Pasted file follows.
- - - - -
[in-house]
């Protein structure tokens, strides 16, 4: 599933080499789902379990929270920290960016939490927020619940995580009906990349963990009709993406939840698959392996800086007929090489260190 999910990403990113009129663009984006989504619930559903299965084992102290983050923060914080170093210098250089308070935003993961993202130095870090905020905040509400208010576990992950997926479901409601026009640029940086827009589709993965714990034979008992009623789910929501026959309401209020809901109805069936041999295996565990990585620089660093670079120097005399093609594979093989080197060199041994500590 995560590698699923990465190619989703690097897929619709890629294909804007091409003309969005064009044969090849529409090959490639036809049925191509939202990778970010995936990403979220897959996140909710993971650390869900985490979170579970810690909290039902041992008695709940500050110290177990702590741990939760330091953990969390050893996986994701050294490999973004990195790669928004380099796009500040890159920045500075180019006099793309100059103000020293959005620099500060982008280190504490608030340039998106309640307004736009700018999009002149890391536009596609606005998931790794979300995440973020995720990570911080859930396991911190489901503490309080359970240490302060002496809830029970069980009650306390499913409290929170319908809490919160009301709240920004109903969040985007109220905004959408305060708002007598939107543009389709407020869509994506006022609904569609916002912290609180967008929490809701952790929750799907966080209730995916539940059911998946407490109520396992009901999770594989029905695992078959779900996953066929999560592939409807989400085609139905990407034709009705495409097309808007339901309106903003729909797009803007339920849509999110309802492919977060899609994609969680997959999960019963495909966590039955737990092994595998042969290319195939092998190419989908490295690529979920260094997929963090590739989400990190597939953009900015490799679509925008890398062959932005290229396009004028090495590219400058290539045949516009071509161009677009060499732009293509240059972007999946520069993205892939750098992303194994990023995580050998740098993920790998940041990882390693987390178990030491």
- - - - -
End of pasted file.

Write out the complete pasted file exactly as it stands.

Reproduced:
[in-house]
């Protein structure tokens, strides 16, 4: 599933080499789902379990929270920290960016939490927020619940995580009906990349963990009709993406939840698959392996800086007929090489260190 999910990403990113009129663009984006989504619930559903299965084992102290983050923060914080170093210098250089308070935003993961993202130095870090905020905040509400208010576990992950997926479901409601026009640029940086827009589709993965714990034979008992009623789910929501026959309401209020809901109805069936041999295996565990990585620089660093670079120097005399093609594979093989080197060199041994500590 995560590698699923990465190619989703690097897929619709890629294909804007091409003309969005064009044969090849529409090959490639036809049925191509939202990778970010995936990403979220897959996140909710993971650390869900985490979170579970810690909290039902041992008695709940500050110290177990702590741990939760330091953990969390050893996986994701050294490999973004990195790669928004380099796009500040890159920045500075180019006099793309100059103000020293959005620099500060982008280190504490608030340039998106309640307004736009700018999009002149890391536009596609606005998931790794979300995440973020995720990570911080859930396991911190489901503490309080359970240490302060002496809830029970069980009650306390499913409290929170319908809490919160009301709240920004109903969040985007109220905004959408305060708002007598939107543009389709407020869509994506006022609904569609916002912290609180967008929490809701952790929750799907966080209730995916539940059911998946407490109520396992009901999770594989029905695992078959779900996953066929999560592939409807989400085609139905990407034709009705495409097309808007339901309106903003729909797009803007339920849509999110309802492919977060899609994609969680997959999960019963495909966590039955737990092994595998042969290319195939092998190419989908490295690529979920260094997929963090590739989400990190597939953009900015490799679509925008890398062959932005290229396009004028090495590219400058290539045949516009071509161009677009060499732009293509240059972007999946520069993205892939750098992303194994990023995580050998740098993920790998940041990882390693987390178990030491």